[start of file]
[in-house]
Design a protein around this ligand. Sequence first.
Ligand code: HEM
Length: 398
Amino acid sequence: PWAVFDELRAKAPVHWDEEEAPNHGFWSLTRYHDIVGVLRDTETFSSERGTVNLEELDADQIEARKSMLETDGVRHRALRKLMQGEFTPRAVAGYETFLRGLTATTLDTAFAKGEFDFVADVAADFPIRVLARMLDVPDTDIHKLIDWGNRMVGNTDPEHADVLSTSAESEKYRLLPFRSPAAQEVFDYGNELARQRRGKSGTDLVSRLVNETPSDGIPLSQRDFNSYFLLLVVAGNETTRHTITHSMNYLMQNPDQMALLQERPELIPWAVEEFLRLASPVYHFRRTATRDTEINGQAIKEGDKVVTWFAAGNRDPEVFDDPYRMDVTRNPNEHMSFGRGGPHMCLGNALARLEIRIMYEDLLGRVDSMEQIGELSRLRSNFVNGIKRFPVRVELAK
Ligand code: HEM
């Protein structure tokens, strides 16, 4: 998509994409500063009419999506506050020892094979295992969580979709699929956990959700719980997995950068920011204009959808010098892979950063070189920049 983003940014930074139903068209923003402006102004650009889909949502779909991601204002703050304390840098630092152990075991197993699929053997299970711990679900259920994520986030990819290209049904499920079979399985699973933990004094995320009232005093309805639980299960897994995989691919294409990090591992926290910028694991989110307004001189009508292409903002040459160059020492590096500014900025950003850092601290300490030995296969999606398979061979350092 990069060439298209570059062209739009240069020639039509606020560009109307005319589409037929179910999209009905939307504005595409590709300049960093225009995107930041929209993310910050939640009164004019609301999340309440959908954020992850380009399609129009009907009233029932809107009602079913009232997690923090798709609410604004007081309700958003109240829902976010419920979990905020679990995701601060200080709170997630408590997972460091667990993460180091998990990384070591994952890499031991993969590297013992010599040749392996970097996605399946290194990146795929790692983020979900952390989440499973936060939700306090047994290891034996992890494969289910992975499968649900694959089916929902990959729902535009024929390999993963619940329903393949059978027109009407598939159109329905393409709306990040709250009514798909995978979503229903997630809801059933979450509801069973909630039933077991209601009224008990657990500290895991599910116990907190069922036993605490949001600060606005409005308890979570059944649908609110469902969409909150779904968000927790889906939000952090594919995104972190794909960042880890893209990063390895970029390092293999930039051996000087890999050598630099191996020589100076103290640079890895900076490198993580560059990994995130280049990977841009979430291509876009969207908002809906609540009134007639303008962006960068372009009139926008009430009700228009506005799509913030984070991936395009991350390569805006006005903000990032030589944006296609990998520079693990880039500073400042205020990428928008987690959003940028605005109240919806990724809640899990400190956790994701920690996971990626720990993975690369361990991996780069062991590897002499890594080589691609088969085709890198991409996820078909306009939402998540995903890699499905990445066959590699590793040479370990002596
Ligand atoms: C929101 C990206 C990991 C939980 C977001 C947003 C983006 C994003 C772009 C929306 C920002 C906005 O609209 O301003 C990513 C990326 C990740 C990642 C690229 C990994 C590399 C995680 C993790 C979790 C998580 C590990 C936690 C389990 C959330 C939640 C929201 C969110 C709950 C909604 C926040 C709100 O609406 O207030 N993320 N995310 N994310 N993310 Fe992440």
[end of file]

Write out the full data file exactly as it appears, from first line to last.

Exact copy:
[in-house]
Design a protein around this ligand. Sequence first.
Ligand code: HEM
Length: 398
Amino acid sequence: PWAVFDELRAKAPVHWDEEEAPNHGFWSLTRYHDIVGVLRDTETFSSERGTVNLEELDADQIEARKSMLETDGVRHRALRKLMQGEFTPRAVAGYETFLRGLTATTLDTAFAKGEFDFVADVAADFPIRVLARMLDVPDTDIHKLIDWGNRMVGNTDPEHADVLSTSAESEKYRLLPFRSPAAQEVFDYGNELARQRRGKSGTDLVSRLVNETPSDGIPLSQRDFNSYFLLLVVAGNETTRHTITHSMNYLMQNPDQMALLQERPELIPWAVEEFLRLASPVYHFRRTATRDTEINGQAIKEGDKVVTWFAAGNRDPEVFDDPYRMDVTRNPNEHMSFGRGGPHMCLGNALARLEIRIMYEDLLGRVDSMEQIGELSRLRSNFVNGIKRFPVRVELAK
Ligand code: HEM
């Protein structure tokens, strides 16, 4: 998509994409500063009419999506506050020892094979295992969580979709699929956990959700719980997995950068920011204009959808010098892979950063070189920049 983003940014930074139903068209923003402006102004650009889909949502779909991601204002703050304390840098630092152990075991197993699929053997299970711990679900259920994520986030990819290209049904499920079979399985699973933990004094995320009232005093309805639980299960897994995989691919294409990090591992926290910028694991989110307004001189009508292409903002040459160059020492590096500014900025950003850092601290300490030995296969999606398979061979350092 990069060439298209570059062209739009240069020639039509606020560009109307005319589409037929179910999209009905939307504005595409590709300049960093225009995107930041929209993310910050939640009164004019609301999340309440959908954020992850380009399609129009009907009233029932809107009602079913009232997690923090798709609410604004007081309700958003109240829902976010419920979990905020679990995701601060200080709170997630408590997972460091667990993460180091998990990384070591994952890499031991993969590297013992010599040749392996970097996605399946290194990146795929790692983020979900952390989440499973936060939700306090047994290891034996992890494969289910992975499968649900694959089916929902990959729902535009024929390999993963619940329903393949059978027109009407598939159109329905393409709306990040709250009514798909995978979503229903997630809801059933979450509801069973909630039933077991209601009224008990657990500290895991599910116990907190069922036993605490949001600060606005409005308890979570059944649908609110469902969409909150779904968000927790889906939000952090594919995104972190794909960042880890893209990063390895970029390092293999930039051996000087890999050598630099191996020589100076103290640079890895900076490198993580560059990994995130280049990977841009979430291509876009969207908002809906609540009134007639303008962006960068372009009139926008009430009700228009506005799509913030984070991936395009991350390569805006006005903000990032030589944006296609990998520079693990880039500073400042205020990428928008987690959003940028605005109240919806990724809640899990400190956790994701920690996971990626720990993975690369361990991996780069062991590897002499890594080589691609088969085709890198991409996820078909306009939402998540995903890699499905990445066959590699590793040479370990002596
Ligand atoms: C929101 C990206 C990991 C939980 C977001 C947003 C983006 C994003 C772009 C929306 C920002 C906005 O609209 O301003 C990513 C990326 C990740 C990642 C690229 C990994 C590399 C995680 C993790 C979790 C998580 C590990 C936690 C389990 C959330 C939640 C929201 C969110 C709950 C909604 C926040 C709100 O609406 O207030 N993320 N995310 N994310 N993310 Fe992440």